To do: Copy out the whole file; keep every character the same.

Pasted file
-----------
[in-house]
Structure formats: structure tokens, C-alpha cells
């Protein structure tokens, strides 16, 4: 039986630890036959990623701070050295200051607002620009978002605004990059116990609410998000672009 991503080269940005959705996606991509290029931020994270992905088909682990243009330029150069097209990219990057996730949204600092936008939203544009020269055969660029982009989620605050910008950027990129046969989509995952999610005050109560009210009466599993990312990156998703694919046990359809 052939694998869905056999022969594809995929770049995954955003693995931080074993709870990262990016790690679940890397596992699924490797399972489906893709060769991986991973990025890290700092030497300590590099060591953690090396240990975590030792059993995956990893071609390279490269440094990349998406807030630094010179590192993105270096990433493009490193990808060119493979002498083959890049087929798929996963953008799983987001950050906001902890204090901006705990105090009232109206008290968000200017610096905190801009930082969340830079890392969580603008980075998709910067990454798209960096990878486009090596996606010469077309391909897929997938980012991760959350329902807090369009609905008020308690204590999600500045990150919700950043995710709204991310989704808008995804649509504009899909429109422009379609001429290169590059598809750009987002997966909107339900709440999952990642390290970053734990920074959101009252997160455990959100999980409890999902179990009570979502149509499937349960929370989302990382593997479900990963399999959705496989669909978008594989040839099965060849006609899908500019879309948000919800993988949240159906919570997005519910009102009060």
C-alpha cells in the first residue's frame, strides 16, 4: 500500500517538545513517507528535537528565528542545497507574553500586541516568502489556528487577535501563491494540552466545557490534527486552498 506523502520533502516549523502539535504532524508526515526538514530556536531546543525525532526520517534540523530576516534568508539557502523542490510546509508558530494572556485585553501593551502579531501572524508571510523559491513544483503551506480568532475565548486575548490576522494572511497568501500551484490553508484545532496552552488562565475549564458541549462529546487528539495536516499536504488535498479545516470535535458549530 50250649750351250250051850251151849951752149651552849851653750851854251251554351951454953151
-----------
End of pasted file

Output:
[in-house]
Structure formats: structure tokens, C-alpha cells
């Protein structure tokens, strides 16, 4: 039986630890036959990623701070050295200051607002620009978002605004990059116990609410998000672009 991503080269940005959705996606991509290029931020994270992905088909682990243009330029150069097209990219990057996730949204600092936008939203544009020269055969660029982009989620605050910008950027990129046969989509995952999610005050109560009210009466599993990312990156998703694919046990359809 052939694998869905056999022969594809995929770049995954955003693995931080074993709870990262990016790690679940890397596992699924490797399972489906893709060769991986991973990025890290700092030497300590590099060591953690090396240990975590030792059993995956990893071609390279490269440094990349998406807030630094010179590192993105270096990433493009490193990808060119493979002498083959890049087929798929996963953008799983987001950050906001902890204090901006705990105090009232109206008290968000200017610096905190801009930082969340830079890392969580603008980075998709910067990454798209960096990878486009090596996606010469077309391909897929997938980012991760959350329902807090369009609905008020308690204590999600500045990150919700950043995710709204991310989704808008995804649509504009899909429109422009379609001429290169590059598809750009987002997966909107339900709440999952990642390290970053734990920074959101009252997160455990959100999980409890999902179990009570979502149509499937349960929370989302990382593997479900990963399999959705496989669909978008594989040839099965060849006609899908500019879309948000919800993988949240159906919570997005519910009102009060």
C-alpha cells in the first residue's frame, strides 16, 4: 500500500517538545513517507528535537528565528542545497507574553500586541516568502489556528487577535501563491494540552466545557490534527486552498 506523502520533502516549523502539535504532524508526515526538514530556536531546543525525532526520517534540523530576516534568508539557502523542490510546509508558530494572556485585553501593551502579531501572524508571510523559491513544483503551506480568532475565548486575548490576522494572511497568501500551484490553508484545532496552552488562565475549564458541549462529546487528539495536516499536504488535498479545516470535535458549530 50250649750351250250051850251151849951752149651552849851653750851854251251554351951454953151